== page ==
According to other research, most people only routinely eat a few different foods…and they generally cycle through all of them in about four days. That’s the truth about The Mythical Balanced Diet.

What the devil is a balanced diet anyway? Balanced what? Does a 200-pound man need to eat 200 pounds of food?

Is the balance the same for a marathoner as it is for an office worker, or do we all have to decide for ourselves what balanced is?

How do we do that if we are not experts in the field of nutrition? Even if we are nutrition experts, who has time to plan, prepare and eat a balanced diet every day?

And if it is so easy, why are there still so many over-fat doctors, nurses, nutritionists and dietitians running around?

This is not a vicious criticism of health professionals. This is just not their area of expertise. Doctors study injuries and diseases. They don’t have time to study health, much less nutrition. Building health is an entirely different field of study than diagnosing and treating injuries and diseases.

Nutritionists and dietitians mostly study nutrition for sick people. They also don’t have much time left over for studying health-building nutrition, much less performance nutrition for exercisers and athletes.

Thank goodness this is changing and we are now slowly beginning to get more health professionals instead of only disease professionals.

Of course everyone has to tell you to ask your doctor. That is to cover their butts against lawsuits. I also have to say that in this book for the same reason…in fact, I will say it again here.

Always ask your doctor before undertaking (or is that a bad choice of a word?) any exercise or nutrition program.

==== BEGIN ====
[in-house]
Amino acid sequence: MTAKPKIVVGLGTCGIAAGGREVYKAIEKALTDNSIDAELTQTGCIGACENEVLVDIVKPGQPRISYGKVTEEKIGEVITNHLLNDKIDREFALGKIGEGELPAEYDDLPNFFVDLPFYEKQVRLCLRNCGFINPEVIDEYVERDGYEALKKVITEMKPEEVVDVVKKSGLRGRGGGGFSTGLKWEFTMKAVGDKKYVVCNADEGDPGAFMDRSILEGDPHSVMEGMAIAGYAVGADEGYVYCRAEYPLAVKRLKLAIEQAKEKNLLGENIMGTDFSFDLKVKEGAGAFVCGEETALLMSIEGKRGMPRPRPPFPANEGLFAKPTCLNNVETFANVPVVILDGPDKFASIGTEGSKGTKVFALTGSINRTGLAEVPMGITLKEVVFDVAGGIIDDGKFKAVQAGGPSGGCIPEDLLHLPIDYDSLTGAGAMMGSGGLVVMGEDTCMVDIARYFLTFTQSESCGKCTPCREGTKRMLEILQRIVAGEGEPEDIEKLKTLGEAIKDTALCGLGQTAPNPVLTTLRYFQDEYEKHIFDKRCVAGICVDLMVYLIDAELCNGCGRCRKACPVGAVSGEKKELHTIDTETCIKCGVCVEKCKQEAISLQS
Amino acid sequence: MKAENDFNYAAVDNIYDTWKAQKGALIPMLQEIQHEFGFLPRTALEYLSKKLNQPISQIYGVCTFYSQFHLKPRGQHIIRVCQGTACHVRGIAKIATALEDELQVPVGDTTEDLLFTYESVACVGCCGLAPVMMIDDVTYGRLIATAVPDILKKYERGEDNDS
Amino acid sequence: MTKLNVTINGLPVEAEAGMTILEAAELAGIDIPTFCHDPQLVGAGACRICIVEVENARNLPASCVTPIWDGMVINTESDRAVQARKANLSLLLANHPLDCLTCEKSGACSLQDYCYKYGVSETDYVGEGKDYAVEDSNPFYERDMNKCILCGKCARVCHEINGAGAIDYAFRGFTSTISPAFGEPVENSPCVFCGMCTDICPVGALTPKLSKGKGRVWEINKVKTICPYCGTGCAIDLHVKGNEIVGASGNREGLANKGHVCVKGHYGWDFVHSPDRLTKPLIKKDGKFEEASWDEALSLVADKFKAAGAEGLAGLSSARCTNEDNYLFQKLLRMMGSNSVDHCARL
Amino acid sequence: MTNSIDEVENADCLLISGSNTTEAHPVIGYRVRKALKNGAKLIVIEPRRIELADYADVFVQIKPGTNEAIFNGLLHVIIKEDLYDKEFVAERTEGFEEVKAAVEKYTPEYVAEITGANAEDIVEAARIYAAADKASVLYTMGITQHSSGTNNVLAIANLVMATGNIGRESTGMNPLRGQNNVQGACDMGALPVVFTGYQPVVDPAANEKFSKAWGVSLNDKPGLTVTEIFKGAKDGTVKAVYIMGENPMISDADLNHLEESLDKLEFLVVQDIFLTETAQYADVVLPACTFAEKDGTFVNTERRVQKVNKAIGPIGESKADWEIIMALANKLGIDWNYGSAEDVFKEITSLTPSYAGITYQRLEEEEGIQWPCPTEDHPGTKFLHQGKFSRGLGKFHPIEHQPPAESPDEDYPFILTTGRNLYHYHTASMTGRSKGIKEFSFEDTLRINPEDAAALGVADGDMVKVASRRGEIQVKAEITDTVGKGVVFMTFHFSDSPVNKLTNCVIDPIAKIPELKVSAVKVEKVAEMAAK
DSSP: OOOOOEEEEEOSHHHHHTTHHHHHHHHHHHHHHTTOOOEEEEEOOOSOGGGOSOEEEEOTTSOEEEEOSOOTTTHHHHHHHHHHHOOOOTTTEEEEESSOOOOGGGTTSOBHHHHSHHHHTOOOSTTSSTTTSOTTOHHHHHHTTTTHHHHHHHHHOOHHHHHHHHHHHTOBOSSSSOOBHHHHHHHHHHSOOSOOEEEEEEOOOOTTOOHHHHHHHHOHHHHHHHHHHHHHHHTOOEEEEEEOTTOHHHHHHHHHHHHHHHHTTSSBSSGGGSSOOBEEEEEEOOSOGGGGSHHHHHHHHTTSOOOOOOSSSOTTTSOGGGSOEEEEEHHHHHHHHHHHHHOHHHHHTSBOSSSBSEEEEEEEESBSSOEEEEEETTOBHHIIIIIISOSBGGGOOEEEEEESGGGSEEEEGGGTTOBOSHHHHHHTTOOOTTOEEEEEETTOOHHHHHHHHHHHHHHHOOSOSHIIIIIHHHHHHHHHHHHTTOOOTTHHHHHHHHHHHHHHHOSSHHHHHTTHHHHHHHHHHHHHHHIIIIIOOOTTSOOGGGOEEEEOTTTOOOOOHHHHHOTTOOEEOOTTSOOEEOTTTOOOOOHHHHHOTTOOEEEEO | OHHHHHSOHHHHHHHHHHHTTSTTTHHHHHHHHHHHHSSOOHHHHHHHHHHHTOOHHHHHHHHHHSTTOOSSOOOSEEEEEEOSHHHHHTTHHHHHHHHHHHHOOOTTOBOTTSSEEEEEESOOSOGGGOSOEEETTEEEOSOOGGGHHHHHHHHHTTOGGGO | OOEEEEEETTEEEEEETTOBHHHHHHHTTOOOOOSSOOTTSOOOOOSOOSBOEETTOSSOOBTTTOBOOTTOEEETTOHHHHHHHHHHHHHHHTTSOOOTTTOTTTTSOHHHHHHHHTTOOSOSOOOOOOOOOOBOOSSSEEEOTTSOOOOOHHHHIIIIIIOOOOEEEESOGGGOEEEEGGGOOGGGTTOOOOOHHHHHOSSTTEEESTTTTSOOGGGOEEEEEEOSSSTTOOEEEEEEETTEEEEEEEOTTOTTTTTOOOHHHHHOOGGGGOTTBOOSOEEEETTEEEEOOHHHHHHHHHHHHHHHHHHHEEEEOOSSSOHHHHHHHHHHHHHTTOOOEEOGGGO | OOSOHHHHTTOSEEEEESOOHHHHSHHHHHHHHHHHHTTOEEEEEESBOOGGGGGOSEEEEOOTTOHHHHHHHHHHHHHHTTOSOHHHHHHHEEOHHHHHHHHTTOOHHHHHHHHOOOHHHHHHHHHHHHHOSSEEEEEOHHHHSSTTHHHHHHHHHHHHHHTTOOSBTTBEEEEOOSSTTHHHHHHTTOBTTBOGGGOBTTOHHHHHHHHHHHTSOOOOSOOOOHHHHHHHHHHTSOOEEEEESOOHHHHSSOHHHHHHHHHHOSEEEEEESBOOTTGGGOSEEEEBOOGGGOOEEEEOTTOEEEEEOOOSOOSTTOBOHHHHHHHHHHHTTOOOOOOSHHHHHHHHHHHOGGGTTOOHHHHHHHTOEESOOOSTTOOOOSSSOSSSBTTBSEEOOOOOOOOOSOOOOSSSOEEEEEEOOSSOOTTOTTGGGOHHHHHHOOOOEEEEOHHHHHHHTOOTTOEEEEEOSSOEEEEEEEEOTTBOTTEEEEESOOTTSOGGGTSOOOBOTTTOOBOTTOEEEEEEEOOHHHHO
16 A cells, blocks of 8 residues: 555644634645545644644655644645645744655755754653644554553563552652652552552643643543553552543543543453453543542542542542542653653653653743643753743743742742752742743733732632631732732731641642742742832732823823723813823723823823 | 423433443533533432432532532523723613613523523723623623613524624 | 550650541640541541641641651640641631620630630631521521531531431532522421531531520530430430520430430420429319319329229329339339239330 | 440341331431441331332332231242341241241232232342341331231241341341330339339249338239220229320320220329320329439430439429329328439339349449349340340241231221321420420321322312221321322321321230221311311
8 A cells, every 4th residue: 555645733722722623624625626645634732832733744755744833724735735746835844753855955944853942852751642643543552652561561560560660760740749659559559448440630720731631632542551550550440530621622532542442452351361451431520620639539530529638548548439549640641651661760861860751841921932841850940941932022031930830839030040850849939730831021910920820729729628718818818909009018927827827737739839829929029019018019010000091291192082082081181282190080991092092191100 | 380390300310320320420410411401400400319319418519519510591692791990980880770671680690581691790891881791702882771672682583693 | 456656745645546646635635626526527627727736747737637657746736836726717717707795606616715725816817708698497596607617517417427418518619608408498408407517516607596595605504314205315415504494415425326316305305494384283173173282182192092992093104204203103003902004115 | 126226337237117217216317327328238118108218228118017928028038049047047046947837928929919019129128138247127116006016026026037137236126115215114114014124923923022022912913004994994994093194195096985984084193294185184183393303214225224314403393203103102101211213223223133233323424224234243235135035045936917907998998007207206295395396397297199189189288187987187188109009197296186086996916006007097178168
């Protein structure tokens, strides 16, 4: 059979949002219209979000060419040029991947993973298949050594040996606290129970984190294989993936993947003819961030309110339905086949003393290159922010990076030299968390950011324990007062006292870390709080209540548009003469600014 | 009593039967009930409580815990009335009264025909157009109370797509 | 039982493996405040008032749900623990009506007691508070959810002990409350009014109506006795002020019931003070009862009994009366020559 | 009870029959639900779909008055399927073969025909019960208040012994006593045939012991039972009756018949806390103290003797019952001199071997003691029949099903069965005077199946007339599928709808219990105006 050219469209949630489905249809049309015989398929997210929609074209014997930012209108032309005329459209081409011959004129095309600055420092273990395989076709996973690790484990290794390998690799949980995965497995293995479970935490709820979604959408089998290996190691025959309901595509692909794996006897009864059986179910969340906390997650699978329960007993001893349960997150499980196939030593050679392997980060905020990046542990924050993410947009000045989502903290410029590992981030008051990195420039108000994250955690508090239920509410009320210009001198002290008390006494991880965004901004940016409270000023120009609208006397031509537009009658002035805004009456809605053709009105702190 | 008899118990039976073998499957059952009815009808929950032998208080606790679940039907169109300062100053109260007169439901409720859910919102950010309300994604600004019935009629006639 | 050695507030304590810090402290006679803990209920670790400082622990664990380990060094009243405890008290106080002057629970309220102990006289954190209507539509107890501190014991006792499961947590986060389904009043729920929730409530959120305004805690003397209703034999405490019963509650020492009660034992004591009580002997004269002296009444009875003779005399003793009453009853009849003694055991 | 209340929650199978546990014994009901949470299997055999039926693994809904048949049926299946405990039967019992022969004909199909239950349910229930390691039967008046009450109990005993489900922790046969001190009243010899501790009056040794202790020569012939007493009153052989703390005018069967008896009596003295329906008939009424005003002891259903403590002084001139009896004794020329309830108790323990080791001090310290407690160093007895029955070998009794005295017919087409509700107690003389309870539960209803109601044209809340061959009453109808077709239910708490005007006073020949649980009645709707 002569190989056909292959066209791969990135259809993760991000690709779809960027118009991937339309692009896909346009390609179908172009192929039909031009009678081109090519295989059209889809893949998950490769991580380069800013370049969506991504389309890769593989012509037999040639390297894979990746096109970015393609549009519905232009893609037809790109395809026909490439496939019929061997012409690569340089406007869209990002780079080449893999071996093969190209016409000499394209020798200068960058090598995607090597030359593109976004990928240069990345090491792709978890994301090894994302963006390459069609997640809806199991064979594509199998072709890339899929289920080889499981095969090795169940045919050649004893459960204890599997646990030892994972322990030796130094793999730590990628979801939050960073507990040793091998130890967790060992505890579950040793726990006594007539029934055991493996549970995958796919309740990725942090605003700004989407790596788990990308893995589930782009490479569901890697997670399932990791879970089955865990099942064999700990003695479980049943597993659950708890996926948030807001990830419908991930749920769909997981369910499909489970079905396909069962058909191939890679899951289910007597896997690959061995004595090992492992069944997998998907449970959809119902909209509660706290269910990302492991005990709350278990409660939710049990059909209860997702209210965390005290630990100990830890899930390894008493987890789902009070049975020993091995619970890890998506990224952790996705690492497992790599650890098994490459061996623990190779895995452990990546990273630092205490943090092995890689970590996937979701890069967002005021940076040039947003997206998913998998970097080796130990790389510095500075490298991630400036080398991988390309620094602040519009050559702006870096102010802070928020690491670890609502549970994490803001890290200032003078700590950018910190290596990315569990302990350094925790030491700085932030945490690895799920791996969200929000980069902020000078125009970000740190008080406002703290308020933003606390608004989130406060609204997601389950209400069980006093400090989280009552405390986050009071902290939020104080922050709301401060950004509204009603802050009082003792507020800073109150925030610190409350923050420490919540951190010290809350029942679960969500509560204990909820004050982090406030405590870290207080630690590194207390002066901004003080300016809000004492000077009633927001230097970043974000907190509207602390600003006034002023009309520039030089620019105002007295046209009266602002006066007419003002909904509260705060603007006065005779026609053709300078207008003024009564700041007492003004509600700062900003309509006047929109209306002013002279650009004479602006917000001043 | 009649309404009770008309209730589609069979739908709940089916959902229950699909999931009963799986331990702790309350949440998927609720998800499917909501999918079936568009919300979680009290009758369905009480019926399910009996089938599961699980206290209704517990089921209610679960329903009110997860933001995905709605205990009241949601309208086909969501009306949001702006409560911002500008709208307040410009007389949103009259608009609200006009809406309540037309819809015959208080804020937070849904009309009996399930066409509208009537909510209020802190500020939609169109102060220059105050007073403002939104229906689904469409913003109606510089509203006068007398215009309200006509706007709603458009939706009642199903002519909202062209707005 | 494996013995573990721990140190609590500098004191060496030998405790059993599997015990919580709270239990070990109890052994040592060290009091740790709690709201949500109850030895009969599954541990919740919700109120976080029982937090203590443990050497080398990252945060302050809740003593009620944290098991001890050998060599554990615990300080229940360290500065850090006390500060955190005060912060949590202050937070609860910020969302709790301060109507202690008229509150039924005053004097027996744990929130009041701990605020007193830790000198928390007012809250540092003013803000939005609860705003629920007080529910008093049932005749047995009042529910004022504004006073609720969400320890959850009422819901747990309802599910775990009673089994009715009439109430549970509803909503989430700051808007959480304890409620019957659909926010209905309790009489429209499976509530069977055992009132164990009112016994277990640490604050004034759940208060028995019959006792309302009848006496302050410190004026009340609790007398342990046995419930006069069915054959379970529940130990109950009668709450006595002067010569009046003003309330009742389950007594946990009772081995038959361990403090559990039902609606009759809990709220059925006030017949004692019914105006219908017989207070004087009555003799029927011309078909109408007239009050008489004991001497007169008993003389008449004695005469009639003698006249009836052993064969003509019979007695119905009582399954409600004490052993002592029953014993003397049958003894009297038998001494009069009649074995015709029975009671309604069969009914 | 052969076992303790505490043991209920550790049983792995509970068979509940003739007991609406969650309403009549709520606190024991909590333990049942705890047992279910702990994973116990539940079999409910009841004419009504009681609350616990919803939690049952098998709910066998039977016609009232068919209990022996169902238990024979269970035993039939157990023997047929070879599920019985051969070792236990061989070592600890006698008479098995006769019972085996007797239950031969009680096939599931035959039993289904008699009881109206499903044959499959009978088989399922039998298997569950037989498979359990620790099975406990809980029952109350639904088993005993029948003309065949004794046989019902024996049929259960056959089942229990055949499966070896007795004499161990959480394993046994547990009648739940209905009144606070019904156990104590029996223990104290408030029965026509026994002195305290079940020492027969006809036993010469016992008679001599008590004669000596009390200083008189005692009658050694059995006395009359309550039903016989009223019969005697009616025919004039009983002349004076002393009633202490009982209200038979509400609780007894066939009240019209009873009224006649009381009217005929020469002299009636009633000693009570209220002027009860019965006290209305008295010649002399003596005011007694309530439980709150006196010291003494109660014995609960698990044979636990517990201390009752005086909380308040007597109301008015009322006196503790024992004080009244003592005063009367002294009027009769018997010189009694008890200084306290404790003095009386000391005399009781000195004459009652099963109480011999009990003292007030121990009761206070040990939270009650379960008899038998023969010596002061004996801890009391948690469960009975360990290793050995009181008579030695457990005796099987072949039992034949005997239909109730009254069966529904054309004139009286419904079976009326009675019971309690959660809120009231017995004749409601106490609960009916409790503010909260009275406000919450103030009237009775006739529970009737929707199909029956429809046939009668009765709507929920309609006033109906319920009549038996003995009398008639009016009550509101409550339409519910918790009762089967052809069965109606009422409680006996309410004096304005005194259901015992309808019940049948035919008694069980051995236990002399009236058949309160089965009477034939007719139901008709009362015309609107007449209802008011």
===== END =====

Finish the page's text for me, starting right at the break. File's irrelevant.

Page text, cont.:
Very simply, a balanced diet doesn’t exist in our rat-race world. The best we can do is to strive to eat reasonably well…as often as is humanly possible. This simply means cutting most of the garbage out of our daily diets, most of the time, and choosing higher quality foods, more often, as is explained in Chapter 13 of The CTTC Book where you will learn about my 80/20 Rule.


Myth Number 17

You become over-fat by eating too much fat.

Not completely true. Certain kinds of fats will actually help you to lose excess body fat. You will find the real reasons for becoming over-fat in Chapter 5 of The CTTC Book.


Myth Number 20

You don’t need to use nutritional supplements to be really healthy.

This is absolutely true…if you happen to be what I call a “biological freak”…having been born with all the physical requirements for optimal health (see Chapter 16).

If this is the case, then you probably don’t need to do anything extra to stay healthy and you will probably live to be 100…no matter what you do.

And if you are that lucky, you will undoubtedly win the lottery sometime soon too, so you might as well quit your job right now, sit back, and wait for the big bucks to start rolling in. The question now is: Do you really feel that lucky?

The rest of us are certain that we are not that lucky, so we will keep our jobs and, yes, we do need some extra help to strengthen our immune systems and our bodies, and to keep them strong (see Chapter 13 of The CTTC Book). For us it is the difference between being not too sick…and being truly healthy.

I refuse to argue with people anymore about the necessity and benefits of basic nutritional supplements. The scientific and medical evidence proving the necessity and/or benefits of the basic nutritional supplements that I recommend is so overwhelming that arguing about it is like arguing whether you need to eat healthy, nutritious foods or not.

Yes, you can survive by eating only fast-food, but for how long? And take a good look at the people who do. Is that something you want to aspire to in your life? How good is your health insurance?